Wednesday, June 23, 2010

Back to the Future

The insight of history is a powerful thing and I have lived long enough to have had the opportunity to witness many things. I can remember watching the KKK marching through the rural area where I lived as a small boy carrying crosses. I have also seen those strains of thinking espoused by the John Birch Society, the religious right, compassionate conservatives, and other right-wing groups during the segregated days of 1950s and 60s. Today there is a new repackaged conservatism that is a diverse movement with many philosophical threads and tensions who call themselves the Tea Party.

In my view, the rise of the Tea Party movement is nothing more than a throwback to an old form of libertarianism that sees most of the domestic policies that government has undertaken since Roosevelt as unconstitutional, to include many civil rights initiatives. The reason, I believe is because from that point in our country’s history the government became socially conscience and began to address the needs of the elderly, the poor, and the least of thee. This element of society typically perceives these issues as dangerous threats to freedom and to the well-educated elitists that support "American values" or as they say the “Real Americans”.

Let me be a critic for a moment. These compassionate folks tend to show their compassion, often times, in support of big-business with their public rhetoric intended for their own self-serving agendas. For example, last week Rep. Joe Barton apologized to BP as if they were the victims of what is happening in the gulf. While basically calling the President a thug with the "shakedown" comment of the company for $20 billion on behalf of those hurt by the gulf oil spill. This is embarrassing precisely because it underscored how far this element is to the extreme as it relates to mainstream America. When faced with a choice between supporting a large British corporation or a federal government battling for compensation of the disaster's victims, Barton sided with Big Oil as did many of his conservative counterparts.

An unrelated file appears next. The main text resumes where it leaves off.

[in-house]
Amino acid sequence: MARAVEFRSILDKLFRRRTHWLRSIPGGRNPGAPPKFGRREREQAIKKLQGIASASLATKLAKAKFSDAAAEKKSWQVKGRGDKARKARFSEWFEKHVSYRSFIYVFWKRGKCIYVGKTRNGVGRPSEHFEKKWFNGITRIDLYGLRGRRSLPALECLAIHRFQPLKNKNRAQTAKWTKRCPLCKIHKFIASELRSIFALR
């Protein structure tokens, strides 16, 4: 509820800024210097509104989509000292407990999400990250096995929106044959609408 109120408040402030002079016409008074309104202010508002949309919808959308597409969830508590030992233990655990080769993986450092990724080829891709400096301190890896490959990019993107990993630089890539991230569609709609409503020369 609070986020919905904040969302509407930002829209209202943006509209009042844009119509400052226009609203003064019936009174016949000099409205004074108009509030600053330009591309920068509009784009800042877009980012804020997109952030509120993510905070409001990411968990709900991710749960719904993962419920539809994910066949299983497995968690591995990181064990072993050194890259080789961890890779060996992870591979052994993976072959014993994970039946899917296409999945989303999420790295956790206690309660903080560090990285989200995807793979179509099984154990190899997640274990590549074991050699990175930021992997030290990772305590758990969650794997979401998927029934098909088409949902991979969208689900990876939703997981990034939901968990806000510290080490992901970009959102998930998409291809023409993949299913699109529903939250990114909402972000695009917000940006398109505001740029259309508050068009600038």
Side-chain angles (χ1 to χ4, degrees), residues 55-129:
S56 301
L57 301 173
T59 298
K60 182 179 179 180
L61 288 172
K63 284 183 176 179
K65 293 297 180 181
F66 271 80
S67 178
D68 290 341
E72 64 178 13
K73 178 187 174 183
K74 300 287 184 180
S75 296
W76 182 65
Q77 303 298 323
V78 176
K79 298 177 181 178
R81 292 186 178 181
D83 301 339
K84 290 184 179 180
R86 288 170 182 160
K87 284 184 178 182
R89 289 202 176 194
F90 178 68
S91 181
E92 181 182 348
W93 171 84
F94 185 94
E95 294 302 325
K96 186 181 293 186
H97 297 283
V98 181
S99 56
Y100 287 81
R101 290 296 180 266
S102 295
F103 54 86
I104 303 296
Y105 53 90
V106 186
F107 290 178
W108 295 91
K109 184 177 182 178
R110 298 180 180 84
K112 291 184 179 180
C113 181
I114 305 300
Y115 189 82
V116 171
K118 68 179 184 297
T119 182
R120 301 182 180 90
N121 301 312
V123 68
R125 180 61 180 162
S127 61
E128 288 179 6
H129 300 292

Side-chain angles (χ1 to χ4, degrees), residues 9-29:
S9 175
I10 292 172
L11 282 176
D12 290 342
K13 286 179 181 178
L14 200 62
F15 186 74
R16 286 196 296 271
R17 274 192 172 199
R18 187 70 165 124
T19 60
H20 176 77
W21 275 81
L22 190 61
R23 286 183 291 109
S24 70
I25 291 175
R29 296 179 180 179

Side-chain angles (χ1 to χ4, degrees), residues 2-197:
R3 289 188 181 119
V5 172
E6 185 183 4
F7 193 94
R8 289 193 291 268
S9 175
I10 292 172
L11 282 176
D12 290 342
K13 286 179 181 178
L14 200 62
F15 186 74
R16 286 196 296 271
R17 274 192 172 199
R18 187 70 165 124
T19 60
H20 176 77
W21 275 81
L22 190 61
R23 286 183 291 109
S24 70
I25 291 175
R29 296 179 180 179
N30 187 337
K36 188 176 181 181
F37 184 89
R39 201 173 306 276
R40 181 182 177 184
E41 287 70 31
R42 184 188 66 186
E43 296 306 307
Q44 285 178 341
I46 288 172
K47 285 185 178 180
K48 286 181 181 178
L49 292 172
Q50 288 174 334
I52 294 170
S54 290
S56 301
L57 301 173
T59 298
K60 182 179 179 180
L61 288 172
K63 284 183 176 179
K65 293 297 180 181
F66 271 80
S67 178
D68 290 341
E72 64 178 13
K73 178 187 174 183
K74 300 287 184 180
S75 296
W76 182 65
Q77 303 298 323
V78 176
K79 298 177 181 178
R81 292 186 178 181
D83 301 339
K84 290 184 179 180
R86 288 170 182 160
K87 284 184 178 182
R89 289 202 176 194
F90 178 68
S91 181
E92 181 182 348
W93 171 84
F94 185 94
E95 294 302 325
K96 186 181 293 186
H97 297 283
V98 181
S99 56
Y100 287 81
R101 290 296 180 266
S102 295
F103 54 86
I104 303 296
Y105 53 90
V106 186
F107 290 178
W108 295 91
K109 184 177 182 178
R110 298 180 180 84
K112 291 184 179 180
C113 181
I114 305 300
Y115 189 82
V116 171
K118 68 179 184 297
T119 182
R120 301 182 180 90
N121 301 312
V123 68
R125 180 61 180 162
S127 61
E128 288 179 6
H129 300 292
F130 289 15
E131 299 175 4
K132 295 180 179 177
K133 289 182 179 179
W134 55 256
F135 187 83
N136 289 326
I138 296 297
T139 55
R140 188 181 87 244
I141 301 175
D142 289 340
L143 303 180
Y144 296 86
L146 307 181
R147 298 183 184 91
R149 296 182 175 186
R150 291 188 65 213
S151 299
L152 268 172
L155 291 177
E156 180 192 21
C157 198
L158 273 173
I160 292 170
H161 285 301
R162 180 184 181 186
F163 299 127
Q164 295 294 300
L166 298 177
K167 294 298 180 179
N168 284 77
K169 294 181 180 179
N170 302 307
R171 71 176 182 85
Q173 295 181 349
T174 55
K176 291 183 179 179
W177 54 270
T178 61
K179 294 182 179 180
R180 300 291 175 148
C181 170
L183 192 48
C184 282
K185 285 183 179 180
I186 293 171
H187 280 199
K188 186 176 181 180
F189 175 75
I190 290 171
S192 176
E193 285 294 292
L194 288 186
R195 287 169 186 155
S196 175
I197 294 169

Now, the guy did or was forced to apologize because of pressure from other Republican leaders, but many in the party and on the right continue to echo his views. Like the Republican Study Committee made up of more than 115 House conservatives called the escrow fund a “Chicago-style shakedown” while leaders of certain factions of the Tea Party called it “extortion”. Could it be that the stock they may have in such companies really be the reason for their greater concern.

A group called Tea Party Patriots that describes itself as "a community committed to standing together, shoulder to shoulder, to protect our country and the Constitution upon which we were founded!" Tea Party Nation says it is "a user-driven group of like-minded people who desire our God given Individual Freedoms which were written out by the Founding Fathers." My question is to them; have they read the original Constitution? These Founding Fathers were really terrorists and the same men who owned slaves, wrote in it that Negroes were 3/5th a man, and denied women all rights. Is this what they want to go back too?

What's remarkable is the extent to which the movement has displaced the religious right as the dominant voice of conservative militancy. The religious conservatives have not disappeared, and Palin, a Tea Party hero, does share their views on abortion and gay marriage. But these issues have been overshadowed by the broader anti-government themes pushed by the New Old Right, and the "compassionate conservatism" that inspires parts of the Christian political movement has no place in the right's current order of battle. This seems un-American to me, dangerous, and frankly resurrecting an American that even they want to forget.

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